Those coming from countries with functional state structures can comprehend and interpret the state’s function, while others come from fragmented societies. In these communities, survival for centuries has been based on loyalty to the clan. Elsewhere, the development of the state preceded. Migrants have difficulty relating to strong abstractions such as the fact that it is individuals they don’t know who make decisions about their fate. In Somalia, for instance, there is a national consciousness but no political consciousness. For Somalis, governance consists of clan-based parties and alliances vying for power. When one clan is in power, they have access to resources, leaving others out. Clan allegiance still dictates everything. So when they arrive in Western Europe, they establish a diaspora based on this principle, unable to comprehend the Swedish state for example, because their clan isn’t in parliament. If this continues, it will erode Western societies, Marsai opined.

Asked what he thought of the stereotyping of Latino immigrants in the US as being lazy and unwilling to work. Is this true, Veres highlighted that immigration into the United States is primarily a labour issue. There is no welfare state; in the US, ‘if you don’t work, you die’. So 85 per cent of Latino males participate in the labour market, which in fact is a higher proportion than that of white males. They take up jobs and conditions others wouldn’t, at the wages offered. Additionally, they can be threatened with deportation if they unionize or complain, so there’s always the threat that people would call ICE (US Immigration and Customs Enforcement) and report them. On the other hand, this mass influx has drastically depressed wages for American unskilled workers. Mass immigration has driven down wages to the point where American citizens literally can’t find work. The EU is in a better position, Veres argued, because in the US there’s no official language; Spanish-speaking immigrants can live their entire lives without learning English. They could not do that in Europe, though.

Kristóf György Veres (L), Viktor Marsai, (L2), Balázs Orbán (R2), and Omar Sayfo

Replying to a question about the EU institutions’ attitude to migration and what the EP elections this summer may bring, Balázs Orbán said currently member states are being pushed towards mass acceptance. He recalled the adoption of the Migration Pact, which he suggested was unlawful as no EU-level regulation can be adopted without the consent of all member states. Although Hungary and Poland opposed it, the pact was still accepted. He stressed that there are many dimensions to the issue, stressing that for instance the mandatory distribution mechanism would require Hungary to accommodate immigrants who have never been and don’t want to be in the country. Also, refugees would have to be accommodated in open reception centres in the country, which is unacceptable for both Hungary and Poland. There is now an open political battle being waged in this regard, the political director noted, with many seeing externalization as the solution to the migration problem, as Hungary does. Also, there should be negative consequences if someone tries to enter a country illegally; people shouldn’t be able to gain legal status afterwards. Balázs Orbán concluded that for things to change, a different European Parliament is needed, and people can vote for that change in the upcoming EP elections.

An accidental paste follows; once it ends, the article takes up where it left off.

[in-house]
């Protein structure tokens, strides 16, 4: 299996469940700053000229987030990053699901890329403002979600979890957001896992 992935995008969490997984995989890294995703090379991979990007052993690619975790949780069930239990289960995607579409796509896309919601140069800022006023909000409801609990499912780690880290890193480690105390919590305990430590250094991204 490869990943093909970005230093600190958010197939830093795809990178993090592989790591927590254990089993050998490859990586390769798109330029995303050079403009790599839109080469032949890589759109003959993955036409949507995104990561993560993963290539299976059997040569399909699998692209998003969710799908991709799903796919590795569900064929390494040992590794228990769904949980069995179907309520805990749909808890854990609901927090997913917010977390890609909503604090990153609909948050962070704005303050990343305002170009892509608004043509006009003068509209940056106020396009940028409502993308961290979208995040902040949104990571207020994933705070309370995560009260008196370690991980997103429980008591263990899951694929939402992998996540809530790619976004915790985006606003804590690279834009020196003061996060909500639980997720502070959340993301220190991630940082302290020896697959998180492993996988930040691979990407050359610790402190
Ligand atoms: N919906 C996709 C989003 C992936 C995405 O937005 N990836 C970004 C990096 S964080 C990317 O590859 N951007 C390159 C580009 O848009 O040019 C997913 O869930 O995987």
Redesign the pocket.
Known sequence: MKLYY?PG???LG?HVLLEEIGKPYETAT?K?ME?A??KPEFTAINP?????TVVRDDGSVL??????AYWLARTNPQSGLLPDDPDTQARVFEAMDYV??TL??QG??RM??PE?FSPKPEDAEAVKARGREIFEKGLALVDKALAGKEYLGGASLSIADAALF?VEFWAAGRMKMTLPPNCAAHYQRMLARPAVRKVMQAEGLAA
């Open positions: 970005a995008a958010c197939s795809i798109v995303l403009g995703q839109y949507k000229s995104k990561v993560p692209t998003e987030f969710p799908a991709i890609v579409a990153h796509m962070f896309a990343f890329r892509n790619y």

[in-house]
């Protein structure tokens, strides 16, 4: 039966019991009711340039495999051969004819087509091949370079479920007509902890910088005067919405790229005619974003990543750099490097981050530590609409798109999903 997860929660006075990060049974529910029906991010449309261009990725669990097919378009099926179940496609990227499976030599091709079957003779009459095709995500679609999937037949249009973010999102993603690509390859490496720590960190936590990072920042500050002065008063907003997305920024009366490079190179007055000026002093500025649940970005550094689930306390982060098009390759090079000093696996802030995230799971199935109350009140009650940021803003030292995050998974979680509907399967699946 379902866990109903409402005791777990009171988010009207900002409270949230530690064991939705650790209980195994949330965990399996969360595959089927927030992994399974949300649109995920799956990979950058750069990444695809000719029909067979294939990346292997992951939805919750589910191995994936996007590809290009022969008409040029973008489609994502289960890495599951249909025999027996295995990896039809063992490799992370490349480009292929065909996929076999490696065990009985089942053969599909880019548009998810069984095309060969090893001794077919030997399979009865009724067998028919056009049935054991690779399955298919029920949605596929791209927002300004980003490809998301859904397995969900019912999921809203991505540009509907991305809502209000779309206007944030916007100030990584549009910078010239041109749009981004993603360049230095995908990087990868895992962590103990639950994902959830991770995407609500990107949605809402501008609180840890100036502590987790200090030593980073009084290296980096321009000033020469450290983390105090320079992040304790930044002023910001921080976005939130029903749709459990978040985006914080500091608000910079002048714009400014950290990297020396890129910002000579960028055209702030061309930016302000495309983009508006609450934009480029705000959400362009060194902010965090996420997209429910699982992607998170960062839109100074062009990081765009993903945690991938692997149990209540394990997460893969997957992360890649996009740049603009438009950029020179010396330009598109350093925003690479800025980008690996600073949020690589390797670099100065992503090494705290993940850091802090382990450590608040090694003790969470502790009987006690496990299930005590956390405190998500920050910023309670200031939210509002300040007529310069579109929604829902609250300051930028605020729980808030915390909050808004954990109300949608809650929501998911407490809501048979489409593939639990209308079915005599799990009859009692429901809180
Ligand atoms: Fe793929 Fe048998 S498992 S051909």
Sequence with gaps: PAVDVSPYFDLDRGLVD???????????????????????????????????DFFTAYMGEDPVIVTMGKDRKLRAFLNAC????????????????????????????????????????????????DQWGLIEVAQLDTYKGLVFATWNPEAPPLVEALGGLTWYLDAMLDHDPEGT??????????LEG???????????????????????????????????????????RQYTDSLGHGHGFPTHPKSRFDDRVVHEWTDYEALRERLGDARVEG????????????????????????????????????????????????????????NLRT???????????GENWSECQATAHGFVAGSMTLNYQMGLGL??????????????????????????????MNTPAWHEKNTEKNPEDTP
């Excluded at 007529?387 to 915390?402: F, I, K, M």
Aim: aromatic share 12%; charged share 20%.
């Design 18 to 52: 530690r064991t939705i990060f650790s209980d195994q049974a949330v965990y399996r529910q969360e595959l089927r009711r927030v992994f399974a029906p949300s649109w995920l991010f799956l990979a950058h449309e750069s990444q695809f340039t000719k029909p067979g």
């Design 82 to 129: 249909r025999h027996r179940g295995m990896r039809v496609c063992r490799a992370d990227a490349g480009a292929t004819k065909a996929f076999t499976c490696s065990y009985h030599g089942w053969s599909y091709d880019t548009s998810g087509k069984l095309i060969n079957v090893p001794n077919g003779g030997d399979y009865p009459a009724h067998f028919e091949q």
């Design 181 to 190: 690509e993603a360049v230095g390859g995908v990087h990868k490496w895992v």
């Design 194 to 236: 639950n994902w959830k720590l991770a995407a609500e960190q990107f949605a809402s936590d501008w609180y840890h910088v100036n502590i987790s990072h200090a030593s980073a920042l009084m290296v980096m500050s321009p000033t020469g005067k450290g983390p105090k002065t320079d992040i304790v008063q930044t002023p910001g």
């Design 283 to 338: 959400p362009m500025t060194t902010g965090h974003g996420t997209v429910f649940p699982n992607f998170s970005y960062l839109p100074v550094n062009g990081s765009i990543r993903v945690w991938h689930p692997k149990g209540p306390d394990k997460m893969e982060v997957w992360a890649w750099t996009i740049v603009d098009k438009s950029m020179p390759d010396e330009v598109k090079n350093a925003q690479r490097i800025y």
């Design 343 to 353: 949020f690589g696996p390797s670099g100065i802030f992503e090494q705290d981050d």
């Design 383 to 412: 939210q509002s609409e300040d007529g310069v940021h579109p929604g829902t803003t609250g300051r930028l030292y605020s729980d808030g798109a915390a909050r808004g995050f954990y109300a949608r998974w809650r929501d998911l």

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At the launch event of the new book published by MCC Press and the Migration Research Institute titled Kié itt a tér? (Who does this space belong to?) a panel discussion was held on the dire consequences of uncontrolled immigration, the failures of integration, and possible solutions.